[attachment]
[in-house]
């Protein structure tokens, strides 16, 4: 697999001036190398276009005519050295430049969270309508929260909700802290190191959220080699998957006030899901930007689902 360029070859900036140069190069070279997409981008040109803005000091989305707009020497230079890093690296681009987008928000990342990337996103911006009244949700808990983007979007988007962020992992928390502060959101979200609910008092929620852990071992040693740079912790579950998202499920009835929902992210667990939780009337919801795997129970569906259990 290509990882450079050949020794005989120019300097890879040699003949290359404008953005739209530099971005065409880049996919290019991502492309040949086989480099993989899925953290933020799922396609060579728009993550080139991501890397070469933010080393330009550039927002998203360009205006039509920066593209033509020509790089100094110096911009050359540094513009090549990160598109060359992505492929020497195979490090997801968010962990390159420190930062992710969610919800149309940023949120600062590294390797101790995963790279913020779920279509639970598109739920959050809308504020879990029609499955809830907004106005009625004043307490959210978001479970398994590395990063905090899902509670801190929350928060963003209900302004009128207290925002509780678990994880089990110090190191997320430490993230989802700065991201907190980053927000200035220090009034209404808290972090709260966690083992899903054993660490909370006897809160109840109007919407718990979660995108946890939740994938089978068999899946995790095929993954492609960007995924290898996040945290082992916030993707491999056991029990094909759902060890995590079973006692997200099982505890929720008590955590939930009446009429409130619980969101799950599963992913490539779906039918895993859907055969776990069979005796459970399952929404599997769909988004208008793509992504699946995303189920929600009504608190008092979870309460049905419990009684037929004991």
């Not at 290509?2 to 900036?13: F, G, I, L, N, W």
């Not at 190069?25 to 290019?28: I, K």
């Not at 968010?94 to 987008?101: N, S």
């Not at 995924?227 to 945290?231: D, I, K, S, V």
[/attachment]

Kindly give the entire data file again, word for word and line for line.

[in-house]
């Protein structure tokens, strides 16, 4: 697999001036190398276009005519050295430049969270309508929260909700802290190191959220080699998957006030899901930007689902 360029070859900036140069190069070279997409981008040109803005000091989305707009020497230079890093690296681009987008928000990342990337996103911006009244949700808990983007979007988007962020992992928390502060959101979200609910008092929620852990071992040693740079912790579950998202499920009835929902992210667990939780009337919801795997129970569906259990 290509990882450079050949020794005989120019300097890879040699003949290359404008953005739209530099971005065409880049996919290019991502492309040949086989480099993989899925953290933020799922396609060579728009993550080139991501890397070469933010080393330009550039927002998203360009205006039509920066593209033509020509790089100094110096911009050359540094513009090549990160598109060359992505492929020497195979490090997801968010962990390159420190930062992710969610919800149309940023949120600062590294390797101790995963790279913020779920279509639970598109739920959050809308504020879990029609499955809830907004106005009625004043307490959210978001479970398994590395990063905090899902509670801190929350928060963003209900302004009128207290925002509780678990994880089990110090190191997320430490993230989802700065991201907190980053927000200035220090009034209404808290972090709260966690083992899903054993660490909370006897809160109840109007919407718990979660995108946890939740994938089978068999899946995790095929993954492609960007995924290898996040945290082992916030993707491999056991029990094909759902060890995590079973006692997200099982505890929720008590955590939930009446009429409130619980969101799950599963992913490539779906039918895993859907055969776990069979005796459970399952929404599997769909988004208008793509992504699946995303189920929600009504608190008092979870309460049905419990009684037929004991």
């Not at 290509?2 to 900036?13: F, G, I, L, N, W």
């Not at 190069?25 to 290019?28: I, K």
């Not at 968010?94 to 987008?101: N, S």
């Not at 995924?227 to 945290?231: D, I, K, S, V």